Some growers in wet areas are considering fall seeding canola in case spring 2011 is too wet to get the crop in. If the winter and spring are dry and it looks like they can get into the fields, the plan, for some, is to spray out the fall-seeded canola with Roundup and go about seeding as normal.
Fall seeded canola is risky. With wet soil conditions, any warm temperatures this fall may lead to premature germination of dormant seeded canola. Spring freeze and thaw cycles can also greatly reduce seed soundness and germination rates. Growers may want to increase the seeding rate — maybe even double the rate — to attempt to compensate for the high risk seed environment.
What kind of seed to use? Using new seed or carryover treated seed may increase odds for success but will also increase costs. However, bin run seed is generally not recommended based on both legal and agronomic considerations. Growers have to be aware of production contract agreements that do not allow seed re-use for many varieties. Research has also indicated that certified hybrid seed outperforms bin run F2 seed. The Canola Council of Canada does not recommend the practice of using bin-run seed. Also, seed without seed treatment will be more vulnerable to seedling blights, root rots and flea beetle damage.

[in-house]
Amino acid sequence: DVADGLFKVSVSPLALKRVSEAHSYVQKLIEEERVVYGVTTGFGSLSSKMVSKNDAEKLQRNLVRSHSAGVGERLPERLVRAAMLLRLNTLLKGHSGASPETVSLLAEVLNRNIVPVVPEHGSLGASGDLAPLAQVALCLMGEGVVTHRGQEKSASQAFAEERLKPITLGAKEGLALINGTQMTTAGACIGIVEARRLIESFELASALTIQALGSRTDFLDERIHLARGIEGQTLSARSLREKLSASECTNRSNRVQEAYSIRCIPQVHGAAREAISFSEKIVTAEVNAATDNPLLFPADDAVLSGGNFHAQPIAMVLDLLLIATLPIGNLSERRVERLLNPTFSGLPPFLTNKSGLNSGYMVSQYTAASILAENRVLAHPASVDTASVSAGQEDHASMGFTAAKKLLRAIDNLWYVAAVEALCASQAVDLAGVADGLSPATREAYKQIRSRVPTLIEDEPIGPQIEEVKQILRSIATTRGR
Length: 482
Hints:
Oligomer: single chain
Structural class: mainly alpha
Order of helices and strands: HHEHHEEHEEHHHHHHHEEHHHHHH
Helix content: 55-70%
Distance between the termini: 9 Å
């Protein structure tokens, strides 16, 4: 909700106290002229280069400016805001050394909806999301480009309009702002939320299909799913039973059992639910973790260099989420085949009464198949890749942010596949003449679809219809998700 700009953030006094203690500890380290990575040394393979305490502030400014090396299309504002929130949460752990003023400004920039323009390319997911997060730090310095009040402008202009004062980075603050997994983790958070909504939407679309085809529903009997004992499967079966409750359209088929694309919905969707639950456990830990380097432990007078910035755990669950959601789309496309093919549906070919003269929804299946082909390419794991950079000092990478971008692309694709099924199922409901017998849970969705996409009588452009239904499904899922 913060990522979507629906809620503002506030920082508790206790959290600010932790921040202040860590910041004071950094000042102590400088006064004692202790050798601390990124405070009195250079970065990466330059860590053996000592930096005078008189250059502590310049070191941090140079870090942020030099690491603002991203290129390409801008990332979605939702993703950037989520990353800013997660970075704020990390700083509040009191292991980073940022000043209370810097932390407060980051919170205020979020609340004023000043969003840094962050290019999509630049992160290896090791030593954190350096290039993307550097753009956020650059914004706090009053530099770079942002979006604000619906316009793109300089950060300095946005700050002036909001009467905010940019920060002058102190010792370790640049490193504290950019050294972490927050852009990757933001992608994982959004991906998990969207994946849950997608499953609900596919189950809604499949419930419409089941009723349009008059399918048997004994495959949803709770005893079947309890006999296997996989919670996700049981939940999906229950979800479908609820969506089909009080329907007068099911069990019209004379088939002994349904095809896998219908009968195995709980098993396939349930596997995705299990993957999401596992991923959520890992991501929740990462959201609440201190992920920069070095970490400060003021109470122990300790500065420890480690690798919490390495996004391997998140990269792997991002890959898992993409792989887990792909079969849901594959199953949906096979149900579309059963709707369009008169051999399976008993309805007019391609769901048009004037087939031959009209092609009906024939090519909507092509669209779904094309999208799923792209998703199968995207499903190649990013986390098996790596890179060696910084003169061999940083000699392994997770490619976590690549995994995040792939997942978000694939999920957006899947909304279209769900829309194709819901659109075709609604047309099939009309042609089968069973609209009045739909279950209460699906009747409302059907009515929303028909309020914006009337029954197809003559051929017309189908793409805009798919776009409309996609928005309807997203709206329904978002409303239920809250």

Crop insurance for fall-seeded canola varies by jurisdiction. AFSC in Alberta and SCIC in Saskatchewan do not provide winterkill coverage but will provide crop insurance next spring if the crop passes an establishment assessment. Manitoba provides no coverage for fall-seeded canola.
In short, fall seeding canola has worked occasionally, but in many cases the risks will be at least as great as the ones producers are trying to avoid, so keep expectations low. Click here for more from the Canola Growers’ Manual.